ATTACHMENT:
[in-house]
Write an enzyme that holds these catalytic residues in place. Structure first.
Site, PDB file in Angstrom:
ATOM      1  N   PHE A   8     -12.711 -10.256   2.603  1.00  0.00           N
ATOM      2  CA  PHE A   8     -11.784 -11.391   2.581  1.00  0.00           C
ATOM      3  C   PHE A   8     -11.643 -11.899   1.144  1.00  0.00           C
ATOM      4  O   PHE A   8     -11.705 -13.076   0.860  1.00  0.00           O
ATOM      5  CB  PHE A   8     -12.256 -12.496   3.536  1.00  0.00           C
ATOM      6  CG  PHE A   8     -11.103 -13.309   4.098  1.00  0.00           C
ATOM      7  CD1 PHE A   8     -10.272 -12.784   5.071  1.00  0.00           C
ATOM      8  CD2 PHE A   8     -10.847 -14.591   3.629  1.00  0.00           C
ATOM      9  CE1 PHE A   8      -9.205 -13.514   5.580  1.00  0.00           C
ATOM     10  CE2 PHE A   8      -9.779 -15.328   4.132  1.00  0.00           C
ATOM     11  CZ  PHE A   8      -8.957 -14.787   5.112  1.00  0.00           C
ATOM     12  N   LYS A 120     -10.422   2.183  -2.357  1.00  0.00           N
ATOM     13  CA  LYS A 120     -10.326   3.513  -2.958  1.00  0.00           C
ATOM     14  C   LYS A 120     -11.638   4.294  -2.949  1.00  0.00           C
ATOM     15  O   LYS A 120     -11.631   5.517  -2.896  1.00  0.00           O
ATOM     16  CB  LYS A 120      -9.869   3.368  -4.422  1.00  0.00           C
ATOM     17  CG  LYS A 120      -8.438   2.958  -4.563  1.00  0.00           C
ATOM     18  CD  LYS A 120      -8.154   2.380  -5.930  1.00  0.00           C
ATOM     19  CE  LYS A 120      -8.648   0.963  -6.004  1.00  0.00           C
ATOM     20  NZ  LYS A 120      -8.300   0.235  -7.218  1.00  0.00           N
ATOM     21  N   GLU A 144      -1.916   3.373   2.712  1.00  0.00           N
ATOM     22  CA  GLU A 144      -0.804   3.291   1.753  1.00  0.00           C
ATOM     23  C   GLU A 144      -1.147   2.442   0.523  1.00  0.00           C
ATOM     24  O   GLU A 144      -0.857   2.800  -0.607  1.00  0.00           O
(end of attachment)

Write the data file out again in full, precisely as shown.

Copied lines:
[in-house]
Write an enzyme that holds these catalytic residues in place. Structure first.
Site, PDB file in Angstrom:
ATOM      1  N   PHE A   8     -12.711 -10.256   2.603  1.00  0.00           N
ATOM      2  CA  PHE A   8     -11.784 -11.391   2.581  1.00  0.00           C
ATOM      3  C   PHE A   8     -11.643 -11.899   1.144  1.00  0.00           C
ATOM      4  O   PHE A   8     -11.705 -13.076   0.860  1.00  0.00           O
ATOM      5  CB  PHE A   8     -12.256 -12.496   3.536  1.00  0.00           C
ATOM      6  CG  PHE A   8     -11.103 -13.309   4.098  1.00  0.00           C
ATOM      7  CD1 PHE A   8     -10.272 -12.784   5.071  1.00  0.00           C
ATOM      8  CD2 PHE A   8     -10.847 -14.591   3.629  1.00  0.00           C
ATOM      9  CE1 PHE A   8      -9.205 -13.514   5.580  1.00  0.00           C
ATOM     10  CE2 PHE A   8      -9.779 -15.328   4.132  1.00  0.00           C
ATOM     11  CZ  PHE A   8      -8.957 -14.787   5.112  1.00  0.00           C
ATOM     12  N   LYS A 120     -10.422   2.183  -2.357  1.00  0.00           N
ATOM     13  CA  LYS A 120     -10.326   3.513  -2.958  1.00  0.00           C
ATOM     14  C   LYS A 120     -11.638   4.294  -2.949  1.00  0.00           C
ATOM     15  O   LYS A 120     -11.631   5.517  -2.896  1.00  0.00           O
ATOM     16  CB  LYS A 120      -9.869   3.368  -4.422  1.00  0.00           C
ATOM     17  CG  LYS A 120      -8.438   2.958  -4.563  1.00  0.00           C
ATOM     18  CD  LYS A 120      -8.154   2.380  -5.930  1.00  0.00           C
ATOM     19  CE  LYS A 120      -8.648   0.963  -6.004  1.00  0.00           C
ATOM     20  NZ  LYS A 120      -8.300   0.235  -7.218  1.00  0.00           N
ATOM     21  N   GLU A 144      -1.916   3.373   2.712  1.00  0.00           N
ATOM     22  CA  GLU A 144      -0.804   3.291   1.753  1.00  0.00           C
ATOM     23  C   GLU A 144      -1.147   2.442   0.523  1.00  0.00           C
ATOM     24  O   GLU A 144      -0.857   2.800  -0.607  1.00  0.00           O